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Carpe Turkey Diem

I make no apologies for the following rant. It has nothing to do with life insurance or annuities; tax-exemptions or community service activities; solvency, relevance, or governance. It has to do with values – values that appear to be withering under the relentless attack of American retailers.

Almost everyone I know agrees that Thanksgiving is the best of all holidays. It combines the three most unifying “f” words – family, food, and football – without the requirement of (or financial pressure) of gift-giving. About the worst thing you can do is overcook the turkey. So, lather it with a little more gravy. Or, better yet, do what we do and make the bird a second act to the antipasto, lasagna, and cannoli.

But retailers keep encroaching on this most wonderful of celebrations by moving the starting time of “Black Friday” a little earlier each year. I remember stores opening at 7:00 a.m. on the day after Thanksgiving. I found this mildly annoying, but tolerable – especially since I do 99 percent of my Christmas shopping online.

Then it became a race to the bottom as major retailers began competing to see who could open earlier or attract more “bargain seekers” by offering “door busters” – special deals on a few big ticket items available only to those willing to camp out overnight – on Thanksgiving, may I remind you – to get them. Some bargain.

This year several stores will kick off the Christmas buying season by opening at midnight on Friday. That’s right, you can go almost straight from the table to the store with barely enough time to force down an Alka-Seltzer.

Personally, I find this type of competition disgusting. It undermines the spirit of Thanksgiving and reduces both the quality and quantity of time people can spend with their families – families who today are often far flung and may only have a few chances a year to see one another. And please don’t tell me that standing in line at Wal-Mart with your sister-in-law is quality time, because it isn’t.

So, in the spirit of the Occupy Wall Street protestors, I am organizing my own demonstration to be known as “Carpe Turkey Diem.” It’s easy to participate. Just stay home on Friday morning until a decent hour – let’s say 8:00 a.m. – and send a message to retailers that says, “We’re going to buy stuff for Christmas, but not until we’ve had a chance to hug our families, perform our morning ablutions, and fill up on Aunt Mary’s pizelles!”

That’ll show ‘em…

Disclosure Notice: The author is a member of one of those far-flung families who will be able to come together as a group only once this year – at Thanksgiving. The author is also married to a wonderful woman who works for a major national retailer who will be at her post at 11:00 p.m. on Thanksgiving night getting ready for the midnight opening of the Black Friday sale. The author is none too pleased about this because he’s going to have to eat his Aunt Mary’s pizelles by himself that morning.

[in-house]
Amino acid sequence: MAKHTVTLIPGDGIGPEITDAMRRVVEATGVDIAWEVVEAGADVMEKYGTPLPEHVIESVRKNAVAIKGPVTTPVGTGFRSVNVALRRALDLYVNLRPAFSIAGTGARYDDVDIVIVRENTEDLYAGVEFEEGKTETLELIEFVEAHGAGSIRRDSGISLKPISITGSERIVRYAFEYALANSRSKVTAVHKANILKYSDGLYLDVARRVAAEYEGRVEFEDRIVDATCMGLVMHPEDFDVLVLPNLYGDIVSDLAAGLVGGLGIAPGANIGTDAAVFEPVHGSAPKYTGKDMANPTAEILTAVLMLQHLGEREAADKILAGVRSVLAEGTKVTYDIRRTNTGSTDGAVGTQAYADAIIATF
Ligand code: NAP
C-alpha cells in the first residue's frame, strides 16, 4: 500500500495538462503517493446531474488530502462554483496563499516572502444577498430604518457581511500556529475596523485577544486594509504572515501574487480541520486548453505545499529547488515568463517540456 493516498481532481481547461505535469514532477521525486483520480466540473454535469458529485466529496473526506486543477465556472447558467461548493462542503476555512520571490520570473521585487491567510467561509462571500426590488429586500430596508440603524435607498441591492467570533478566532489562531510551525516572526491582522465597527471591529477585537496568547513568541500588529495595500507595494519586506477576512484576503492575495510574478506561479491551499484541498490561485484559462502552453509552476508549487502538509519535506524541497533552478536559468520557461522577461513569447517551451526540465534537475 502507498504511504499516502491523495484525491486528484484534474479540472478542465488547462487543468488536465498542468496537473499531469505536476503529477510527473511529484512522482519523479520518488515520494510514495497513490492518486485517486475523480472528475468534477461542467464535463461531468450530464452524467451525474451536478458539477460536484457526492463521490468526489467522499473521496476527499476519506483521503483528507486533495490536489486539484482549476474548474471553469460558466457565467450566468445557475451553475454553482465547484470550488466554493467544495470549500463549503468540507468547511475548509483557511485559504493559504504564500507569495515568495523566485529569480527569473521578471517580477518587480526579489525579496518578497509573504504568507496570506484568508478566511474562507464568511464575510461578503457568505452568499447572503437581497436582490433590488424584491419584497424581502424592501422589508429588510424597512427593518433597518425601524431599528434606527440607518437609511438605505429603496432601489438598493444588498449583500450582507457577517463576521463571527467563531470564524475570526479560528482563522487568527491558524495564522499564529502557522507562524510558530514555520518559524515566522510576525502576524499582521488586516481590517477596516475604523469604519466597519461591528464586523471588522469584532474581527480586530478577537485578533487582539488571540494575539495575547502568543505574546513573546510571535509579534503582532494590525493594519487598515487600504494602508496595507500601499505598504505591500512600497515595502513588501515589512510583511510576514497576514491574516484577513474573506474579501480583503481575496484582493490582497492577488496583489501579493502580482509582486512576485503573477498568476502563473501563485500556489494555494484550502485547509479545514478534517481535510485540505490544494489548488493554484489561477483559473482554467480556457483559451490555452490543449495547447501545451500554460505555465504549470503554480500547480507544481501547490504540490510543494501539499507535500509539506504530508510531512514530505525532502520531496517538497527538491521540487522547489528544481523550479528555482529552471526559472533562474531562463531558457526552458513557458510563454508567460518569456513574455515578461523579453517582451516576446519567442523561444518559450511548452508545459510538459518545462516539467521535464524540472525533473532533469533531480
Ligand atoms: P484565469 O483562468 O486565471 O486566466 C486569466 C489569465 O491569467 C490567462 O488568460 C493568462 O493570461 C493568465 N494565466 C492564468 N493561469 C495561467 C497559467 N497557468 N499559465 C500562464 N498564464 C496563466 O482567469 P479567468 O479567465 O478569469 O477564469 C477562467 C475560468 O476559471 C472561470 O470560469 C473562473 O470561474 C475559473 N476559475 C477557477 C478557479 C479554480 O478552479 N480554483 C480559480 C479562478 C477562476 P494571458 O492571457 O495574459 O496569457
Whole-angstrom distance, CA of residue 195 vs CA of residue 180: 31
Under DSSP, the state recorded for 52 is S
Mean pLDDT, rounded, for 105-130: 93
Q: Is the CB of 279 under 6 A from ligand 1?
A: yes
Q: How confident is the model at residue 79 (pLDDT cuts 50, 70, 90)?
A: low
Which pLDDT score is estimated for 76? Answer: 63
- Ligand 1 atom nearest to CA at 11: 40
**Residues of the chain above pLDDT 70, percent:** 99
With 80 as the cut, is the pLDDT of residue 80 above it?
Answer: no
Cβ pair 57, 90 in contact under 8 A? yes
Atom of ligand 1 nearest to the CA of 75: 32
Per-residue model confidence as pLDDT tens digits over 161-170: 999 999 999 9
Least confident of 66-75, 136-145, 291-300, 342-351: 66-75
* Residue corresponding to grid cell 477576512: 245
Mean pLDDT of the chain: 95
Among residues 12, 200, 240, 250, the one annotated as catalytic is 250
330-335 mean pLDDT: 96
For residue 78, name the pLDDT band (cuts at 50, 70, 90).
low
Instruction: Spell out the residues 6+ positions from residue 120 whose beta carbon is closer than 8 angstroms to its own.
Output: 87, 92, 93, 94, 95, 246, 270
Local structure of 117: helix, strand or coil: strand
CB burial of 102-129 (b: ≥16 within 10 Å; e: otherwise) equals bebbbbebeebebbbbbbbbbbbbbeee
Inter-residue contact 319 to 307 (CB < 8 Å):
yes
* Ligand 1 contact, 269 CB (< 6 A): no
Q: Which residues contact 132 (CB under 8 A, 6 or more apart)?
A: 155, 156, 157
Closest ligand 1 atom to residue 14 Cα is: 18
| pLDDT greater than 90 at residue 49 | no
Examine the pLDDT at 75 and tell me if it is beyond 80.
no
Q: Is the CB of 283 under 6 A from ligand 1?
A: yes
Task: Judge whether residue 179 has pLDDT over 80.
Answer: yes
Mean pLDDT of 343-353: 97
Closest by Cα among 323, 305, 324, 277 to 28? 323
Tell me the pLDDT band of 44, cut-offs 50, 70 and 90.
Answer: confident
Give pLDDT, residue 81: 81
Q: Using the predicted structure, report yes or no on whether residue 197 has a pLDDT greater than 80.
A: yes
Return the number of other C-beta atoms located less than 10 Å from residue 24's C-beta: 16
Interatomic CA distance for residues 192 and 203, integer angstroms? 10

Friday, Nov. 4, 2011
:  “Wow, I write about regulatory issues and no one responds.  But I write about Black Friday excesses and you come out of the woodwork.  Thanks for all those comments!  There are at least 12 of us that will be sending a message to retailers this year: “Yes, we want a flat screen TV at a deep discount – but we want it at noon and not midnight!”. BTW, my Aunt Mary’s recipes and contact information are secret, so if you want some you have to come by the house over the holiday.  I’ll be waiting for you…

12 Responses

  1. Joe, You have hit the nail on the head. Soon Christmas shopping will begin the day after halloween. I will join you boycott of early Friday morning shopping the day after Thanksgiving by sleeping in until about 9 a.m. Dave Blazek

  2. I agree 100%. The retailers will not see me anytime before noon on Friday. I really doubt they will see that soon.

  3. Your Best One Yet !!!!

  4. I just ignore all that noise and shop on Christmas Eve, or if I am really ambitious, on Christmas Eve Squared, like I always have.

  5. All of the Christmas decorations went up here on November 1st. Bah Humbug. I’m with you, Joe, let me enjoy my favorite holiday.

  6. deep breath, dude ….. now let it out ….. have some more turkey …

  7. Well said Joe! My wife and I have boycotted what has become an annual ritual for some for many years now and will continue this year. I am thankful for your further inspiration!

  8. I am with you Joe and I hope your sentiments will be shared by many others, but I am not hopeful!

  9. I am with everyone else on this and wholeheartedly agree. My birthday is always in/around Thanksgiving, so I get a little personally insulted when it gets second shrifted by people rushing Christmas!! I do much of my shopping online as well, and between about Nov 28 and Dec 8 to keep it sane.

  10. I couldn’t agree more. I never have even gone shopping on Black Friday. Why would I want to get pushed around by bargain hunters just to feed the retailers.

  11. I don’t know what pizelles are…..but I want some! How do I find Aunt Mary?

  12. Joe, I agree. What little shopping I do is usually way before Thanksgiving, like July when I see something that I think someone will like. I don’t like going near the stores on Black Friday. I might do what my uncle did when I was a kid, give his money to mom on Christmas eve and she had to run to the store while the kids were in school. Gloria

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